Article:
Q & A: Round Two

Here is round two of the Q & A..thanks to all of you for the great questions! Molly asked: “Now that you are living “larger” than before (though still not “large” by any means), how do you resist the temptation to over accumulate?”

The one thing that keeps my desires to buy, buy, buy in check...is staying on a cash budget. I mentioned this in the last Q & A post, but it's worth saying again! When I have an exact amount of cash that I can spend that week, I turn into the most frugal girl around! :) I take out cash for 3 things: groceries, dining out/coffee (we go out once a week after church as a family tradition), and misc. expenses. The rest is automatically debited from our checking (all bills, etc.). I write checks for a few things...like rent and tithing. I also try to stay out of places that I know are tempting for me...Target, Pier 1, World Market...ETSY! :) I still love pretty things...and believe that it's my job as a wife and mother to create an inviting and warm home for my family. It's just a matter of planning, budgeting, buying used, etc. It also helps that I seem to have gotten a lot of my "spend" mentality out of my system in my early college years. I racked up a crazy amount of credit card debt on silly things and it was very difficult to pay off. I never want to have to go through that again! We don't have any credit cards at all...and if we do take out a loan for something, it's with great deliberation and prayer.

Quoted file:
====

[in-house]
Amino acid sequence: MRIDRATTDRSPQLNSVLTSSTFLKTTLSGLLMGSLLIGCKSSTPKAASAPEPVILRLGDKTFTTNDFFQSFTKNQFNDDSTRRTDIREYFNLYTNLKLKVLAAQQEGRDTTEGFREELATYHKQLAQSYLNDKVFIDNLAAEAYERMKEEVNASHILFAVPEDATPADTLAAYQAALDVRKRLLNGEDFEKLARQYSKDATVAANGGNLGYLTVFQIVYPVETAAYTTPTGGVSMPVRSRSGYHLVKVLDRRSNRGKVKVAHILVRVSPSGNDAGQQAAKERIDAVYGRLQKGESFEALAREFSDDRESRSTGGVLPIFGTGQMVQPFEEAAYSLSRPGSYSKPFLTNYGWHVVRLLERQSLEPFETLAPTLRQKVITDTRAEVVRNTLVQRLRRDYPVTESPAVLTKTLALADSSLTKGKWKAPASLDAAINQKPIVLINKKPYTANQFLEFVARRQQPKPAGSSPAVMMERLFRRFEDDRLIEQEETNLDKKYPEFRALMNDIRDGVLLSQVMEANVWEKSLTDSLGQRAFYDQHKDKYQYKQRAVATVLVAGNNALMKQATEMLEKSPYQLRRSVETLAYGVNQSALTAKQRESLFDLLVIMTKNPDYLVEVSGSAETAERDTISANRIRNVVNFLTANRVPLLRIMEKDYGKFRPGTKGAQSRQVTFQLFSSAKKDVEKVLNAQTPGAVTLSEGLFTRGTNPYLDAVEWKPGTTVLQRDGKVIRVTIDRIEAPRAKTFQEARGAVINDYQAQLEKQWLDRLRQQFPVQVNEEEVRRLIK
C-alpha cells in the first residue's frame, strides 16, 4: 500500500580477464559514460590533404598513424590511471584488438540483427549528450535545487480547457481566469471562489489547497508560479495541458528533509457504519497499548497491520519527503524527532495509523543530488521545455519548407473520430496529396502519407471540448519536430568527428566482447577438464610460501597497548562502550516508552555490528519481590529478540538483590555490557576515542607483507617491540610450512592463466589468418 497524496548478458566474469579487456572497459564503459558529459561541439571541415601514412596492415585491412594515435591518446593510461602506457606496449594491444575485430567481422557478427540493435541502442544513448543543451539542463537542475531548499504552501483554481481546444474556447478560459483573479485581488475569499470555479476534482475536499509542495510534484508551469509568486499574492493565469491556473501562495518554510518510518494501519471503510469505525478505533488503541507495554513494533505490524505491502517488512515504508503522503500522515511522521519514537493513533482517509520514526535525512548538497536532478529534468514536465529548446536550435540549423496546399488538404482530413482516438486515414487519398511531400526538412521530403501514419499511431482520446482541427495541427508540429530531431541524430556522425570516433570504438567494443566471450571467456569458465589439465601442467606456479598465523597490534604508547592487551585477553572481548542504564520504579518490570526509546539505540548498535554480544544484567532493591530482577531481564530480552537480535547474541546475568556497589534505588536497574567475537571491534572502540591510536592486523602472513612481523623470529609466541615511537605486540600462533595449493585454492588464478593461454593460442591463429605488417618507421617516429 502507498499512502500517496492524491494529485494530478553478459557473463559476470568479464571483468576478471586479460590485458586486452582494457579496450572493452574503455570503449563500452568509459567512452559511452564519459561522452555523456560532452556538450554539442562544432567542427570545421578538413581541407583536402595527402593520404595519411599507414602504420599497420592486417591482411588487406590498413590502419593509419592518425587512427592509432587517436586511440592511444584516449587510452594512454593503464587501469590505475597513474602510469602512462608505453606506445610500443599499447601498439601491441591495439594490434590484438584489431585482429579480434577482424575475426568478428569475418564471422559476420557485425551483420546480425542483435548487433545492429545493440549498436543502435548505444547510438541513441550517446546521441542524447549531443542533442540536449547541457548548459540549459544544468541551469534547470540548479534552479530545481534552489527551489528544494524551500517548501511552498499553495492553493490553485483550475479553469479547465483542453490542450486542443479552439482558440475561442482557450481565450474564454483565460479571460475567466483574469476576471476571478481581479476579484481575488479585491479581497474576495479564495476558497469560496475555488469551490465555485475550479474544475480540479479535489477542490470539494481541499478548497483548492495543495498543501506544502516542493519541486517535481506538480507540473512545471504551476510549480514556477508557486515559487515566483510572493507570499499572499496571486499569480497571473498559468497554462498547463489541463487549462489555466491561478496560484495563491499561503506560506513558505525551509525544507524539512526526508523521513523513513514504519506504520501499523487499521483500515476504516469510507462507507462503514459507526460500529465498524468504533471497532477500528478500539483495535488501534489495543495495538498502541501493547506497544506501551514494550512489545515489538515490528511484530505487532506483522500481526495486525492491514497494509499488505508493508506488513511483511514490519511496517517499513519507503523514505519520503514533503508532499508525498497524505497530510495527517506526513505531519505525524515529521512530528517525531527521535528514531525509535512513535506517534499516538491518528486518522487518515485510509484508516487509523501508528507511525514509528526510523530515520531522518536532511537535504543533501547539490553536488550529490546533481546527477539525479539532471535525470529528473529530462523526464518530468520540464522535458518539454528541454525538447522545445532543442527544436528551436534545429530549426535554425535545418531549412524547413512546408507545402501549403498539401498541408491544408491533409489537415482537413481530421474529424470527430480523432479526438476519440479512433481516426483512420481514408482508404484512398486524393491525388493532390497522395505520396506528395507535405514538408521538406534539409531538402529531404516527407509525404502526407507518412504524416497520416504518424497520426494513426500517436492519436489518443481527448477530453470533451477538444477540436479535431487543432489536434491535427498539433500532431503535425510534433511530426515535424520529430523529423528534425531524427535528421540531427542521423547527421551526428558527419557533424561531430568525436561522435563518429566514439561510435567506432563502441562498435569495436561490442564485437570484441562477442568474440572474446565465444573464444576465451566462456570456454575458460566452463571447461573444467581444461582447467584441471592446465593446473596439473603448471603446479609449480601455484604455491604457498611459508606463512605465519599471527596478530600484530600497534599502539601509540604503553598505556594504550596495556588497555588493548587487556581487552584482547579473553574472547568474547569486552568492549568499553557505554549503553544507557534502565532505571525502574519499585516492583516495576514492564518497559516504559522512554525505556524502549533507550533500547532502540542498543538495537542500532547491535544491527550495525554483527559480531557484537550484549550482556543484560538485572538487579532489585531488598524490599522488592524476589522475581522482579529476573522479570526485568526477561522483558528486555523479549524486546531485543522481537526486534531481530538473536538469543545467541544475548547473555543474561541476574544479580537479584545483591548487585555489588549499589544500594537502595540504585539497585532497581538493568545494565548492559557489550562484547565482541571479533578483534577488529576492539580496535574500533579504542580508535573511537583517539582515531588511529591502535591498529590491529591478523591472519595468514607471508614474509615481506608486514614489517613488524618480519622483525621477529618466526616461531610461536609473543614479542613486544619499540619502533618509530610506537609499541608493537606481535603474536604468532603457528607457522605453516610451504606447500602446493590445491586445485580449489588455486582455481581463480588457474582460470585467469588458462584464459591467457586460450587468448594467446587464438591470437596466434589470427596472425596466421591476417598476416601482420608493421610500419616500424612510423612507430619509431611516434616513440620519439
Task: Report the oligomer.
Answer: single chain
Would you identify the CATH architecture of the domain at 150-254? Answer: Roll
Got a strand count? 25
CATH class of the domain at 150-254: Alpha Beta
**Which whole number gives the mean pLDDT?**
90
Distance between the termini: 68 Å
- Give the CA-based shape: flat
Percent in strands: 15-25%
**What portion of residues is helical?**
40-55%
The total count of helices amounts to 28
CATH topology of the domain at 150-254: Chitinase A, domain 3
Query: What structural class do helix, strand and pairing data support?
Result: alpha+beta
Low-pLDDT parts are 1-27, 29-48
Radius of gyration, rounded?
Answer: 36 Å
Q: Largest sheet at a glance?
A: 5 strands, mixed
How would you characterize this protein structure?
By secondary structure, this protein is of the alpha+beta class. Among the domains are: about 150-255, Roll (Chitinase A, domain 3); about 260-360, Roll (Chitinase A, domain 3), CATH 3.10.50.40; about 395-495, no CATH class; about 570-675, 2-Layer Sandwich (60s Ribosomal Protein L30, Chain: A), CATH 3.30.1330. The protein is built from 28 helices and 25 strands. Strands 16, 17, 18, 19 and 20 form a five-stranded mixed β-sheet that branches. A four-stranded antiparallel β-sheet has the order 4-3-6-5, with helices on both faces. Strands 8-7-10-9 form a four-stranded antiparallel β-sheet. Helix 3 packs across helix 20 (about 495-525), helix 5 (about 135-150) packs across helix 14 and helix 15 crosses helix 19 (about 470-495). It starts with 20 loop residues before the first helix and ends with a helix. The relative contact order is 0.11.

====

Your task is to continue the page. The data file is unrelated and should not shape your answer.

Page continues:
We also believe that everything we have is God's...and that it's just on loan to us. That includes our paychecks! It's a much different way of thinking when you are just taking care of God's resources for Him...that they were never yours to begin with.

Lindsay asked: “I would love to hear about how you and Matt are able to have such a good relationship.”

I attribute our healthy relationship to three things:

  1. Our love of God and our desire to glorify Him by following a scriptural view of marriage (Ephesians 5:22-33) For us, this means that Matt is the head of the household and I am his helper. He is ultimately responsible to God for the spiritual, financial, and emotional health of our family...and I release him into that role by submitting to him. When I say submitting, it doesn't mean that we aren't a team. We have mutual respect for each other, but when it comes down to it, I will always defer to him. In any decision that we make, we will discuss it together and hear each others views and go from there. If we are still having trouble deciding, HE is the one who will have to make the decision and be accountable for it. This is not always easy...because I have a more "dominant" personality ... compared to Matt's easy-going demeanor :) But it is absolutely the best way for us...when there are "two bosses" , life gets rather difficult!
  2. We spend A LOT of time together. Matt and I are best friends...and it's been that way since we met 10 years ago. I LOVE being with him...he's funny, charming, generous, and resourceful. We have lived in very small spaces together...which helps you to either love or hate someone! Obviously, we came out on the love side. :) We know each others quirks and rhythms like we know our own. And most importantly, we never go to bed angry! I can't even remember a time when we've stayed upset at each other for more than 5 minutes. So...we talk, we laugh, we plan, we dream...TOGETHER.